Archive for February 9th, 2012

Thermistor Linearization

Faced with the need to measure heatsink temperature in an Arduino project and being unwilling to putz around with a MAX6675 thermocouple amp, I found a bag of thermistors in the heap. Unlike most surplus, the bag pedigreed them as Semitec 103CT-4, which led to some relevant parameters:

  • T0 = 25 °C
  • R0 = 10 kΩ
  • B = 3270 K

The equation for a thermistor’s resistance at a given temperature (in K, not °C) is:

R = R0 * e(B/T - B/T0)

The canonical Arduino thermistor circuit uses a series resistor with a value equal to R0:

Thermistor Linearization - Rseries

Thermistor Linearization - Rseries

Setting Rseries = 10 KΩ and applying a bit of spreadsheet-fu produces this:

Thermistor Linearization - Rseries - Graph

Thermistor Linearization - Rseries - Graph

Getting within +2 °C /-1 °C over -20 °C to 60 °C isn’t all that bad, but … I wondered whether there might be an easy way to get better linearization. The heatsink temperature will range from about -10 °C to 60 °C (yes, there will be a Peltier cooler involved), so the range is a bit broader than usual.

A bit of diligent rummaging turned up that description, which led to US Patent 3,316,765 from back in 1967, which teaches the concept of two different thermistors, one for low temperatures and one for high temperatures, with some resistive blending:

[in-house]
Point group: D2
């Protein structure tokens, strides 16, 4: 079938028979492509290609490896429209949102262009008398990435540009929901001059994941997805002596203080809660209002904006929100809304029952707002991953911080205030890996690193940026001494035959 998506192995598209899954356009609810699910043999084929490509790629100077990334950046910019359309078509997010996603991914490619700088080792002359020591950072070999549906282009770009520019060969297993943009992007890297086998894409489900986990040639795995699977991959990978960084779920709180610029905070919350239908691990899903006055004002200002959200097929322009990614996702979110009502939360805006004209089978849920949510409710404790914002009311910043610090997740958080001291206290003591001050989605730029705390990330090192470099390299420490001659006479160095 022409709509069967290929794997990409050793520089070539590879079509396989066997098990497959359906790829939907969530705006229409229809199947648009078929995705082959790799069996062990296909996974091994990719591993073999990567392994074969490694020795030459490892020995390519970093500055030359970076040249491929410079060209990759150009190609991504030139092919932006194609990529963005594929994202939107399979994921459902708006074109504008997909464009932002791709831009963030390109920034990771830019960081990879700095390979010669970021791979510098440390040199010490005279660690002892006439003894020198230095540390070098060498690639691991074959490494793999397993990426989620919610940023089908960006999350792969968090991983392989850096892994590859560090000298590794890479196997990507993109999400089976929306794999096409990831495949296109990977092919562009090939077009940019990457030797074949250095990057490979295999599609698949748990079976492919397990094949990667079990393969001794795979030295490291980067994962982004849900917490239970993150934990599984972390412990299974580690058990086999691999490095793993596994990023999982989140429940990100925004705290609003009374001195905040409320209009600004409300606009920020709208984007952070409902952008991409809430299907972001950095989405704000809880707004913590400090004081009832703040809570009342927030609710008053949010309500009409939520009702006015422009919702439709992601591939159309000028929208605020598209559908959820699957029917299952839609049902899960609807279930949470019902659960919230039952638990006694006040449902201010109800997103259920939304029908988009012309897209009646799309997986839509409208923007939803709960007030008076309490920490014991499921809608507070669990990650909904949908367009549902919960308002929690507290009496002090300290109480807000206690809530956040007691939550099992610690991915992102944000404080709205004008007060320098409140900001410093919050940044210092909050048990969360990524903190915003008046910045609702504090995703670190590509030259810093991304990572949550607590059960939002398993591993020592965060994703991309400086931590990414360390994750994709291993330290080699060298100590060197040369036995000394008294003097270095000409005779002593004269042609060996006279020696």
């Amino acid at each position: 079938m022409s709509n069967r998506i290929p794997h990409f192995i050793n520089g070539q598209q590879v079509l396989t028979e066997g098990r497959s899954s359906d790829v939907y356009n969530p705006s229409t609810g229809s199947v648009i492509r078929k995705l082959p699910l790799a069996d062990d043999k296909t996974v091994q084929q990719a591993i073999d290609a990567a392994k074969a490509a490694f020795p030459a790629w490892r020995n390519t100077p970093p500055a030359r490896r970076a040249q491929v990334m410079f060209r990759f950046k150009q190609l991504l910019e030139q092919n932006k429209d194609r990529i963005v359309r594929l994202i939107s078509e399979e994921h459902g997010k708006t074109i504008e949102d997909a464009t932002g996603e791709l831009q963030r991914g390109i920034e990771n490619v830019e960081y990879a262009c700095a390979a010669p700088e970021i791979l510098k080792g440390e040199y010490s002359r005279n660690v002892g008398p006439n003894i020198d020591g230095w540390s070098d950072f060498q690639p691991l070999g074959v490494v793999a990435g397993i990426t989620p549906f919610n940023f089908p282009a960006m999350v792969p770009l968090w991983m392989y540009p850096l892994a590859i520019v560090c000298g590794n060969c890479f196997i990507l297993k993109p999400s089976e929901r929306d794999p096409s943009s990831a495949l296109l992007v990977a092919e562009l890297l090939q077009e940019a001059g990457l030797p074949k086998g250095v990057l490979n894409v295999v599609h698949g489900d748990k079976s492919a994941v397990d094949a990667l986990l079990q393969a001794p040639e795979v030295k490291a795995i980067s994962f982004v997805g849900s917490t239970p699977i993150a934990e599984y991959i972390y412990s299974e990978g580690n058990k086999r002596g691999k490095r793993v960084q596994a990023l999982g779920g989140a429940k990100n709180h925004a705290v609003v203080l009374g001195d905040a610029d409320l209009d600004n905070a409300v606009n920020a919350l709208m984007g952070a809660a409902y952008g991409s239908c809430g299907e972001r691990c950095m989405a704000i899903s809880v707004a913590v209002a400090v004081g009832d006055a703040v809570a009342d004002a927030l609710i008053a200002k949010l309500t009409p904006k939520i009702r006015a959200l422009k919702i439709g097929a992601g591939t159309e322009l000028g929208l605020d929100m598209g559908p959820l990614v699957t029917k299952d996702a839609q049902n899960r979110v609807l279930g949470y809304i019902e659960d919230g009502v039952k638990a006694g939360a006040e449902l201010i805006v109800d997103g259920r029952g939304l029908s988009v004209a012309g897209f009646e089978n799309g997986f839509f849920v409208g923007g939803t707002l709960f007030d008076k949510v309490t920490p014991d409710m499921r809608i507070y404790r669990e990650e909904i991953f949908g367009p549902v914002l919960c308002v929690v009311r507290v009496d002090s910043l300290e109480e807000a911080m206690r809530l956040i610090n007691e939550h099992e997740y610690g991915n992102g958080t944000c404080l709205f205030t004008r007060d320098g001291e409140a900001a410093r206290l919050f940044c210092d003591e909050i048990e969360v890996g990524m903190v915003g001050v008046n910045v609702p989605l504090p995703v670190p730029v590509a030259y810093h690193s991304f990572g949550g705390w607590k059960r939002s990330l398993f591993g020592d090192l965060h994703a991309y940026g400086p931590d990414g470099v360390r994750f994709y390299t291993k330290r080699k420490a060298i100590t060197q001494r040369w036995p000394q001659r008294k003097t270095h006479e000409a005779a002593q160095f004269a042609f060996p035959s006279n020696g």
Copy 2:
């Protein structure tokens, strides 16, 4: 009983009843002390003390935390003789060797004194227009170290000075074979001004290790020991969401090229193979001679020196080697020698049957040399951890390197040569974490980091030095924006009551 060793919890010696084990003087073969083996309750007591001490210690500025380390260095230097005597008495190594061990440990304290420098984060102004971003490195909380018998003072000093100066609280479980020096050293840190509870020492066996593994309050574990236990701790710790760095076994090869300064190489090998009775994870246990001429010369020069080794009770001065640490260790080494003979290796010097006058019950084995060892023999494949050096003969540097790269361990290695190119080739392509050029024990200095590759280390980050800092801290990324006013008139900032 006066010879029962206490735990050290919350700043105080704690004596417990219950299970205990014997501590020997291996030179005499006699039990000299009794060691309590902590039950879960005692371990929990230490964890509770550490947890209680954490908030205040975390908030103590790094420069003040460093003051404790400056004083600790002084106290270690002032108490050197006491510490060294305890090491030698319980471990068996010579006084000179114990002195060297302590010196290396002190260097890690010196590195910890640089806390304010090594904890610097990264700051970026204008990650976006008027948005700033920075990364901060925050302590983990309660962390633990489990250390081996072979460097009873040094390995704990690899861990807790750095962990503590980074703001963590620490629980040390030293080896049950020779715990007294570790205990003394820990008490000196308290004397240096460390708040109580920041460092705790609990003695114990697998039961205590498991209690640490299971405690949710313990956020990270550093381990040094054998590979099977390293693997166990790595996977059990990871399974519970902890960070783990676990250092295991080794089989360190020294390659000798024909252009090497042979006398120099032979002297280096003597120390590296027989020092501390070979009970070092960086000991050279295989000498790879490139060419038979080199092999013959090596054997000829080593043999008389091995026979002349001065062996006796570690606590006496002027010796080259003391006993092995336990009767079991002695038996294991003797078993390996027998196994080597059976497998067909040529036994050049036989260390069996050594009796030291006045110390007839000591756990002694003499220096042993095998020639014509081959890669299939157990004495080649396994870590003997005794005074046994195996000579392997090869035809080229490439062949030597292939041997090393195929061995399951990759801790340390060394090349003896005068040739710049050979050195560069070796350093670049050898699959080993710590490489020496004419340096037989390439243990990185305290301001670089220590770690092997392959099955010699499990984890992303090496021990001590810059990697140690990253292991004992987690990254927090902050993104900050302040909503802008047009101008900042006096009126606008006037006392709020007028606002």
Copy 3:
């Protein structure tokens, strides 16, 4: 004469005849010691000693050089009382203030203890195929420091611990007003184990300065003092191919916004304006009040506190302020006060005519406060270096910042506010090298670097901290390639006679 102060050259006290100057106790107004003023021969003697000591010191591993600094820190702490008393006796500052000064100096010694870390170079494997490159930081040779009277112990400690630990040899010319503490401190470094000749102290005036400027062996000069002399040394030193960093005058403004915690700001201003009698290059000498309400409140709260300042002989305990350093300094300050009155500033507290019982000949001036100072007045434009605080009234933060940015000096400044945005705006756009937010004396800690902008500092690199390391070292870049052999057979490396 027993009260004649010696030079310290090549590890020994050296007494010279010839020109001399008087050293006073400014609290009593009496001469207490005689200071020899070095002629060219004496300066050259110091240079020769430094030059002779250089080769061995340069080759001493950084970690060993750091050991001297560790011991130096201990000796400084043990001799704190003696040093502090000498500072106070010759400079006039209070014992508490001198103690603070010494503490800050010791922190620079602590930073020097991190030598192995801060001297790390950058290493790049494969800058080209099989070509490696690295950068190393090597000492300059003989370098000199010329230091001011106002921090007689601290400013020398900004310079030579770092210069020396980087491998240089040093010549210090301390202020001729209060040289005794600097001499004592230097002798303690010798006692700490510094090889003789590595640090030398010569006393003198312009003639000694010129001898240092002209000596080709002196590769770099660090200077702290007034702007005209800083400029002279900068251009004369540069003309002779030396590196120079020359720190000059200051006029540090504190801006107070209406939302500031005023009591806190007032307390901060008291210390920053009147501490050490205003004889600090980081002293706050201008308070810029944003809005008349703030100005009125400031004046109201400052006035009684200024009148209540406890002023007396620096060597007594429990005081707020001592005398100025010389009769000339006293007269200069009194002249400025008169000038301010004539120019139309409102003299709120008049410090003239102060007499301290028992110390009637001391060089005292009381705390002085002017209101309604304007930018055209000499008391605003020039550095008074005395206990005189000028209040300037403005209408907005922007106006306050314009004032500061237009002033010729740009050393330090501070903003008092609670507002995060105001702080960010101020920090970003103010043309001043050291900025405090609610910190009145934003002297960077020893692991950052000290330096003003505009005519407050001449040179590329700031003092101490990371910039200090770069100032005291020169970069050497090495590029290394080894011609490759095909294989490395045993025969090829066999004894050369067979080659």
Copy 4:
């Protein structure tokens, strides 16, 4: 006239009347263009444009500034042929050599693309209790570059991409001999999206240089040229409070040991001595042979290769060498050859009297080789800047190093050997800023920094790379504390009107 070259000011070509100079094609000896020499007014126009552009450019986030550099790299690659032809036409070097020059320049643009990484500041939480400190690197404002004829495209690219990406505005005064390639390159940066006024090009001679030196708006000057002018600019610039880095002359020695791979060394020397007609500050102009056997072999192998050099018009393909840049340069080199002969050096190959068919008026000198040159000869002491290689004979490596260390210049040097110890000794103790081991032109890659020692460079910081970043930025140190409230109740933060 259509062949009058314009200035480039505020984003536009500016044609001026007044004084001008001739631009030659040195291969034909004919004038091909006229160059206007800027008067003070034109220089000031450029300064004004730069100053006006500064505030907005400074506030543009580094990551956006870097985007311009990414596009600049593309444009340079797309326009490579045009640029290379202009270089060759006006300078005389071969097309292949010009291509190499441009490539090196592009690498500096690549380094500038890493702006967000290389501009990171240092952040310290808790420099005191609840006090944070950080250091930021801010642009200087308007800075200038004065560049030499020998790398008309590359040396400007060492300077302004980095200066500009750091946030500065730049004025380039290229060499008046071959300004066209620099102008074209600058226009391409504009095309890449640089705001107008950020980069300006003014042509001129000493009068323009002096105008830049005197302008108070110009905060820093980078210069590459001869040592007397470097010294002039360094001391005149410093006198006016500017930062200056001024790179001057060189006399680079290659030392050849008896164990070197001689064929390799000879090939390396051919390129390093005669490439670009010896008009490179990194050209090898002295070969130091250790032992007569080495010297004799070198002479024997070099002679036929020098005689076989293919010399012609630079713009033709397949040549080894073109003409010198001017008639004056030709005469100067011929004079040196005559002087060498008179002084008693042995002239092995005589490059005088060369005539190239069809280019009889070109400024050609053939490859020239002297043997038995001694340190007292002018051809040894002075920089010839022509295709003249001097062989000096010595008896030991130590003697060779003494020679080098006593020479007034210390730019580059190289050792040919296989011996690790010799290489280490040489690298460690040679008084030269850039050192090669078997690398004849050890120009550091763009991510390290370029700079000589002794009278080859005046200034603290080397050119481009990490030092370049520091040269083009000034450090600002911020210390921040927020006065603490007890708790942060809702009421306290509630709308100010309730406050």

Patent 3316765 Fig 3

Patent 3316765 Fig 3

The patent includes the claim of many different thermistors, each with a series resistor, to cover a much broader temperature range.

Given a bag of identical thermistors, I wondered what might be possible. A bit more spreadsheet-fu produced this:

Thermistor Linearization - Dual Thermistors - Graph

Thermistor Linearization - Dual Thermistors - Graph

Which corresponds to this sketch, with Rseries = 6.2 kΩ, R1 = 27 kΩ, and R2 = 0.0:

Thermistor Linearization - Dual Thermistors

Thermistor Linearization - Dual Thermistors

All in all, a nicely centered ±1 °C error from -15 °C to +60 °C can’t be beat. The output voltage even spans 0.13 to 0.71 of Vcc, about 9 of the available 10 ADC bits.

Those two resistors came from hand-tweaking with standard values, so it’s not like there’s a genetic algorithm involved. The value of Rseries wants to be a bit below the parallel combination of the two branches near 30 °C and R1 seems happiest around the 0 °C thermistor resistance. I vaguely thought about using a multivariable solver, but what’s the point?

The result seems good enough that I didn’t try three thermistors. T2, the one with R2=0, already handles the high temperature range and the low end is fine, so it seems there’s not much to be gained. If you had a stash of different thermistors and knew their characteristics, then the results would be different.

Admittedly, one could program the actual logarithmic equation to unbend a single thermistor’s voltage into temperature, but I must kludge up a thermistor mount anyway, so why not entomb two thermistors and an SMD resistor, then use a linear fit? It’s not like fancy math will give the whole lashup any greater accuracy.

The spreadsheet may be of interest. It started out as an OpenOffice spreadsheet, but WordPress doesn’t permit *.ods files, soooo it’s in MS Excel format.

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